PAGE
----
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The Food Network and "Getting Younger"
Monday, November 06, 2006 | posted by Mike

Food NetworkAt the risk of mixing food and sports metaphors, I wanted to mention something about the concept of “getting younger” and how it applies to the Food Network in particular and food TV in general. We’ve talked a bit about it before, including what I thought was a slightly dubious way of enticing a younger audience.

In sports, from time to time, you will hear about a team trying to “get younger.” What this means is that they want to make some moves with personnel (e.g. trades, free agents, not re-signing a player) in an attempt to reduce the average age of the team. It’s no secret that, as you age, you’re just not able to do as much physically as you can in your prime. Of course, you don’t want to go too far and lose your “veteran savvy.” But, all things being equal, it’s better to be good and young than good and old.

This is all fine and dandy when it comes to sports, but we keep eating throughout our life, so how does this apply to food TV?

Well, first, networks and shows target younger viewers because getting them interested early in life will result in loyalty for years and years to come. We have a bit of that when it comes to food TV. Look at Gourmet’s Diary of a Foodie, which incorporates a dynamic, fast-paced style that would appeal to a younger audience than you usually see on PBS. My guess is that they’re hoping that, as their audience ages, mellows out and starts spending more time reading, they’ll be (BUSINESS BUZZWORD ALERT!) converted into magazine subscribers.

This is also true of marketing, hence the Ronald McDonald advertising campaigns that appeal to young children, ensuring a lifetime of Quarter Pounders with Cheese. And this is not just the case with businesses. Many arts and cultural institutions (museums, performing arts, etc.) have school and child outreach programs which aim to get kids involved because (a) that also brings in the parents and (b) it instills an appreciation for the arts that will result in patronage later.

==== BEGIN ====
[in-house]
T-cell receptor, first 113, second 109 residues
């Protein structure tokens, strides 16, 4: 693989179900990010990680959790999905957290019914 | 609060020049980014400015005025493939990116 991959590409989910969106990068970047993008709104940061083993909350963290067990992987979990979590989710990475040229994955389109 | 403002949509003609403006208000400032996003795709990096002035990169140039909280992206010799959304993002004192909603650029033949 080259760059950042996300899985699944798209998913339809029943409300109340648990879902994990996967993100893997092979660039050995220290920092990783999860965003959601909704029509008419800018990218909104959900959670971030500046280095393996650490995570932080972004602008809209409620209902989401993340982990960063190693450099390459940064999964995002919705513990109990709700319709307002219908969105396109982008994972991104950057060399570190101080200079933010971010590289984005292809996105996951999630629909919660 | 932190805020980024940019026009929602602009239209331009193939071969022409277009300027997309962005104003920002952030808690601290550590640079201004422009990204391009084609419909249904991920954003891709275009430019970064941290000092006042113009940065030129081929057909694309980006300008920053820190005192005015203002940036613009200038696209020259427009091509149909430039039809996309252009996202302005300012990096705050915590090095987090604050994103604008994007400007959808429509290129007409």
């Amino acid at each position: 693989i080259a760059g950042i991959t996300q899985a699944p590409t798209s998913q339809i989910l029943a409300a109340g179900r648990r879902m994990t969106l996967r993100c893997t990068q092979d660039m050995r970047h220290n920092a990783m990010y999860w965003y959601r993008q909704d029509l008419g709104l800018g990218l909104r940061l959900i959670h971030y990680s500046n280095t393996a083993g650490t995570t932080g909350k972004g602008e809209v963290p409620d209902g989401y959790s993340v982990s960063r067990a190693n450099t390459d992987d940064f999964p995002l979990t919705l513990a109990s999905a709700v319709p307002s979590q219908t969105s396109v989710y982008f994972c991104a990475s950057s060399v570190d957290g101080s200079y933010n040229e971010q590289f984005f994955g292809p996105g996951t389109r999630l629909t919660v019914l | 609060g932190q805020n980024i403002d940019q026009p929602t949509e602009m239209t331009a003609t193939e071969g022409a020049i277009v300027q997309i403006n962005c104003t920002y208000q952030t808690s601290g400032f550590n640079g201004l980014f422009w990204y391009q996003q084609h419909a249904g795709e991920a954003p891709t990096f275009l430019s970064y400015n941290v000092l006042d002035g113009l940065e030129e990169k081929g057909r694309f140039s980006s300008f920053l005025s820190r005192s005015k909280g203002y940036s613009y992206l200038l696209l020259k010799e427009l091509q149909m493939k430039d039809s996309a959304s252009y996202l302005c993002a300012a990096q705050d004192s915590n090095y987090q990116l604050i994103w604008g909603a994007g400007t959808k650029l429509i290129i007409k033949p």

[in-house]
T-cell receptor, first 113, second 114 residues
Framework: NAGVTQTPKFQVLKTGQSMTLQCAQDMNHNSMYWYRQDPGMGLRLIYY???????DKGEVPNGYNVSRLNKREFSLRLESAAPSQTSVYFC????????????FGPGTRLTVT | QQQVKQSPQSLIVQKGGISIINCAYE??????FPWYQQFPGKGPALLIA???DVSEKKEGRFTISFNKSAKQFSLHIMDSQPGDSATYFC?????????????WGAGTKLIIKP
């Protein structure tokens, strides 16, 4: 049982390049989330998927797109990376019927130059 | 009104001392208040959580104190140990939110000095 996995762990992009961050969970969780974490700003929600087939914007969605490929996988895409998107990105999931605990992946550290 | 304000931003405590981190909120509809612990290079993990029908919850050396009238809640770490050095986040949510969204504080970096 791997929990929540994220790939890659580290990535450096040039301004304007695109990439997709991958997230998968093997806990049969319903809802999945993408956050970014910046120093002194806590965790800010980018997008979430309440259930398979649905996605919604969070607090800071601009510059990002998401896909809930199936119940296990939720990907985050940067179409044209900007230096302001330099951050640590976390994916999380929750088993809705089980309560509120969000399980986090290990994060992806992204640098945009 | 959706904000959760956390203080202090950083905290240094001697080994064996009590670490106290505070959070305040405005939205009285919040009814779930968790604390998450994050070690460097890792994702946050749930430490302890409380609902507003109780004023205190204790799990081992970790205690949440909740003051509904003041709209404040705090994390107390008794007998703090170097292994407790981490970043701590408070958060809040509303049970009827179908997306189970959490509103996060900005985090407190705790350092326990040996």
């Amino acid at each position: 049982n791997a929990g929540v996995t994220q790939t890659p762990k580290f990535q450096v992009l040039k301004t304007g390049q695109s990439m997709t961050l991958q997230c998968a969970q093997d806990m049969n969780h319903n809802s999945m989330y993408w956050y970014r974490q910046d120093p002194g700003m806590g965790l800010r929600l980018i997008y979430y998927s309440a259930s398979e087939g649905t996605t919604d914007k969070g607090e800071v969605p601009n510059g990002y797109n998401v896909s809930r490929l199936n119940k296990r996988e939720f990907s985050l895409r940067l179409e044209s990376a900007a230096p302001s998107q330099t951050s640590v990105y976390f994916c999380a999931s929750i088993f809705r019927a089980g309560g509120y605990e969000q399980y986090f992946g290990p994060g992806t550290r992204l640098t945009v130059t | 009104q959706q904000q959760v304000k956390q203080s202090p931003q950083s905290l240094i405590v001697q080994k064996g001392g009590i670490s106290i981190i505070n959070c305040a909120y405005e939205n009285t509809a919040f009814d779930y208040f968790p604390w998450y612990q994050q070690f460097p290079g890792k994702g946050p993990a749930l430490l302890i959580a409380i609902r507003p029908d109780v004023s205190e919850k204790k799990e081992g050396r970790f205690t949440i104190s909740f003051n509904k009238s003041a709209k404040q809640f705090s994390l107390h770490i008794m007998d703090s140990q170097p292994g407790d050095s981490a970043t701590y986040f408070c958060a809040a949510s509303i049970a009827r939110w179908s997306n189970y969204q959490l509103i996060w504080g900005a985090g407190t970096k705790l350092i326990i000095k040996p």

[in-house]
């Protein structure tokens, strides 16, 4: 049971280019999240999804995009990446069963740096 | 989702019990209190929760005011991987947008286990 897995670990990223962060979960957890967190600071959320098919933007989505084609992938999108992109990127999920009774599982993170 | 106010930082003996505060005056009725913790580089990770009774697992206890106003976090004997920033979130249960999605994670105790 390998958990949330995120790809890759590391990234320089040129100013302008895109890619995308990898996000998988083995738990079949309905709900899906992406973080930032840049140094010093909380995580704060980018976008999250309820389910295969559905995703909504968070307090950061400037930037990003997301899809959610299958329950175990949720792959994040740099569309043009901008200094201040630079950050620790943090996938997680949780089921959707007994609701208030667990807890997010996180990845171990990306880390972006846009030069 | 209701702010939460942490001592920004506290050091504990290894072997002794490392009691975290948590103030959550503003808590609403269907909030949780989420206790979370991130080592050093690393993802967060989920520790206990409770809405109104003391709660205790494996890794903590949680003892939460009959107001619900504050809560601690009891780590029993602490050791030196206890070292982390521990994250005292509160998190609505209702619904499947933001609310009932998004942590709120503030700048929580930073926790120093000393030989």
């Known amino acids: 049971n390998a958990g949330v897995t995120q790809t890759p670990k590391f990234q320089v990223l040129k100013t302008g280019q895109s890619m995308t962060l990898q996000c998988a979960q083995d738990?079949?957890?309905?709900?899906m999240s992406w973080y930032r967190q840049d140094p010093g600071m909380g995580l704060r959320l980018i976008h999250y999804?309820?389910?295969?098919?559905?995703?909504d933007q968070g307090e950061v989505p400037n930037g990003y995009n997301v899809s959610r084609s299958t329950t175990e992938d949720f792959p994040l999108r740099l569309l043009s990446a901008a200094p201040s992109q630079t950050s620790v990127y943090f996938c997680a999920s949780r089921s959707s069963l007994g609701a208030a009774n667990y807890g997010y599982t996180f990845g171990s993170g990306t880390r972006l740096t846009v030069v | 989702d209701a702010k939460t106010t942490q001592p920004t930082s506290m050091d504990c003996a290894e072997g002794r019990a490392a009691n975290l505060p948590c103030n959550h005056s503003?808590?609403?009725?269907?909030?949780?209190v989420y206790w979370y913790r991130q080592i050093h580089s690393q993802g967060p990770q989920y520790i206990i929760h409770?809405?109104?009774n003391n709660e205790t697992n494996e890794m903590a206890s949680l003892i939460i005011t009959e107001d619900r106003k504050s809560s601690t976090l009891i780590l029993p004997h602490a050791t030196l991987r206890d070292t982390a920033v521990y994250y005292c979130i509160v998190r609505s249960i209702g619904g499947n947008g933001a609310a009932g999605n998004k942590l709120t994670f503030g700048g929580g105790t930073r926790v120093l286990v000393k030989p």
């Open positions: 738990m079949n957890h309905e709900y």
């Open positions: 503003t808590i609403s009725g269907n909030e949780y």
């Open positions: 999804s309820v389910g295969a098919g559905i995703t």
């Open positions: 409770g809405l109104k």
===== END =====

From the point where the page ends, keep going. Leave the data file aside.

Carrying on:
But younger doesn’t just mean “kids,” and that brings us to the REAL reason to target a more youthful audience: Advertising Revenue

Depending on what kinds of products you are looking to sell, the prime demographic usually falls somewhere between 18 and 35. These are the years of disposable income, with men and women out in the workforce but often without the costs associated with home ownership and raising a child. They have money to spend and they spend quite a lot.

Like I said, the prime age varies from product to product. Ever come out of a movie and think to yourself, “What a dumb movie…it’s like it was maid for brain-dead 14-year-olds?” Guess what…IT WAS! Who do you think is buying all of the tickets?

I don’t know what the sweet spot is for the Food Network. My guess is that it’s probably somewhere in that range, and that it’s probably a little more “male” than you would expect it to be considering it’s a “lifestyle” network and the traditional role of women as preparing meals. A particular show’s strong performance in that sweet spot is the holy grail of audiences because it allows them to charge higher rates to advertisers.

So, how is the Food Network doing with the younger crowd? Well, I don’t subscribe to Advertising Age, but this article from the Penn State Daily Collegian says that the University’s cable network may be adding the Food Network to its roster of channels as a result of the fact that they scored well in a survey of students. I know that I started really watching FN after my time in college, so I have to think it’s a good time to start recruiting new viewers.

And, hey, if you rate well a bunch of dining hall kids whose culinary abilities are limited to microwave popcorn and mixed cocktails, I’d say you’re doing something right.

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